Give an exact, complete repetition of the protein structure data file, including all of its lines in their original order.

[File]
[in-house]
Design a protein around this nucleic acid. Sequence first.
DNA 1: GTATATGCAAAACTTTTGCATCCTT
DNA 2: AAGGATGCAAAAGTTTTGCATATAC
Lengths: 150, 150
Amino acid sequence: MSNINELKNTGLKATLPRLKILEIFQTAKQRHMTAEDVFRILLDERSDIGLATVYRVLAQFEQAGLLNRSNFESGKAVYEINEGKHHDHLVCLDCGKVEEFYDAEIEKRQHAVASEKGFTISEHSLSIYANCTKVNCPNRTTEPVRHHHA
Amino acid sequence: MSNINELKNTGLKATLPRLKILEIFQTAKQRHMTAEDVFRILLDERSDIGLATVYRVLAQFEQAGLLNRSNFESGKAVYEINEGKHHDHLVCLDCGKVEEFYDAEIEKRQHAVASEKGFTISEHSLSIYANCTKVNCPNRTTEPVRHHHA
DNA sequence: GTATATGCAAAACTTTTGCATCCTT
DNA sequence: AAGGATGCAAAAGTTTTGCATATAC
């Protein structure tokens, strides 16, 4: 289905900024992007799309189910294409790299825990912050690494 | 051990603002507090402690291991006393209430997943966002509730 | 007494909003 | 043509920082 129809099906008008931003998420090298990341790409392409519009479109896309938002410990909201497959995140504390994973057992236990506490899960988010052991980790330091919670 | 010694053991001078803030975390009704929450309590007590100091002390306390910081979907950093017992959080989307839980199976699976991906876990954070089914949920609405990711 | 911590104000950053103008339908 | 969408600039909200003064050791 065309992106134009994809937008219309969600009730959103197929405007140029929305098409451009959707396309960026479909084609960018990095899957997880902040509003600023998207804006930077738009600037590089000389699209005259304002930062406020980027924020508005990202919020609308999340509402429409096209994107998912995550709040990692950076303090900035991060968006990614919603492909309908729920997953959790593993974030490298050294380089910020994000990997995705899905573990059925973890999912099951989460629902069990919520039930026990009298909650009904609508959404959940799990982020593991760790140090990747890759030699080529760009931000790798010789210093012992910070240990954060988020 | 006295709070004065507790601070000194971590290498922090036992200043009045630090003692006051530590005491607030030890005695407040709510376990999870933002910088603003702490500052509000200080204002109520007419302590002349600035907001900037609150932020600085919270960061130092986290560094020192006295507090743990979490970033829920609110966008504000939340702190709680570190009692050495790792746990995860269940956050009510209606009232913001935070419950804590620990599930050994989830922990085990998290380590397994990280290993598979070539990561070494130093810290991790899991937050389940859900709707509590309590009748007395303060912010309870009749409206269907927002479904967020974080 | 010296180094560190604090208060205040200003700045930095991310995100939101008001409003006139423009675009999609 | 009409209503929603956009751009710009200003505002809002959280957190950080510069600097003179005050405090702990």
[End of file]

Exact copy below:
[in-house]
Design a protein around this nucleic acid. Sequence first.
DNA 1: GTATATGCAAAACTTTTGCATCCTT
DNA 2: AAGGATGCAAAAGTTTTGCATATAC
Lengths: 150, 150
Amino acid sequence: MSNINELKNTGLKATLPRLKILEIFQTAKQRHMTAEDVFRILLDERSDIGLATVYRVLAQFEQAGLLNRSNFESGKAVYEINEGKHHDHLVCLDCGKVEEFYDAEIEKRQHAVASEKGFTISEHSLSIYANCTKVNCPNRTTEPVRHHHA
Amino acid sequence: MSNINELKNTGLKATLPRLKILEIFQTAKQRHMTAEDVFRILLDERSDIGLATVYRVLAQFEQAGLLNRSNFESGKAVYEINEGKHHDHLVCLDCGKVEEFYDAEIEKRQHAVASEKGFTISEHSLSIYANCTKVNCPNRTTEPVRHHHA
DNA sequence: GTATATGCAAAACTTTTGCATCCTT
DNA sequence: AAGGATGCAAAAGTTTTGCATATAC
């Protein structure tokens, strides 16, 4: 289905900024992007799309189910294409790299825990912050690494 | 051990603002507090402690291991006393209430997943966002509730 | 007494909003 | 043509920082 129809099906008008931003998420090298990341790409392409519009479109896309938002410990909201497959995140504390994973057992236990506490899960988010052991980790330091919670 | 010694053991001078803030975390009704929450309590007590100091002390306390910081979907950093017992959080989307839980199976699976991906876990954070089914949920609405990711 | 911590104000950053103008339908 | 969408600039909200003064050791 065309992106134009994809937008219309969600009730959103197929405007140029929305098409451009959707396309960026479909084609960018990095899957997880902040509003600023998207804006930077738009600037590089000389699209005259304002930062406020980027924020508005990202919020609308999340509402429409096209994107998912995550709040990692950076303090900035991060968006990614919603492909309908729920997953959790593993974030490298050294380089910020994000990997995705899905573990059925973890999912099951989460629902069990919520039930026990009298909650009904609508959404959940799990982020593991760790140090990747890759030699080529760009931000790798010789210093012992910070240990954060988020 | 006295709070004065507790601070000194971590290498922090036992200043009045630090003692006051530590005491607030030890005695407040709510376990999870933002910088603003702490500052509000200080204002109520007419302590002349600035907001900037609150932020600085919270960061130092986290560094020192006295507090743990979490970033829920609110966008504000939340702190709680570190009692050495790792746990995860269940956050009510209606009232913001935070419950804590620990599930050994989830922990085990998290380590397994990280290993598979070539990561070494130093810290991790899991937050389940859900709707509590309590009748007395303060912010309870009749409206269907927002479904967020974080 | 010296180094560190604090208060205040200003700045930095991310995100939101008001409003006139423009675009999609 | 009409209503929603956009751009710009200003505002809002959280957190950080510069600097003179005050405090702990």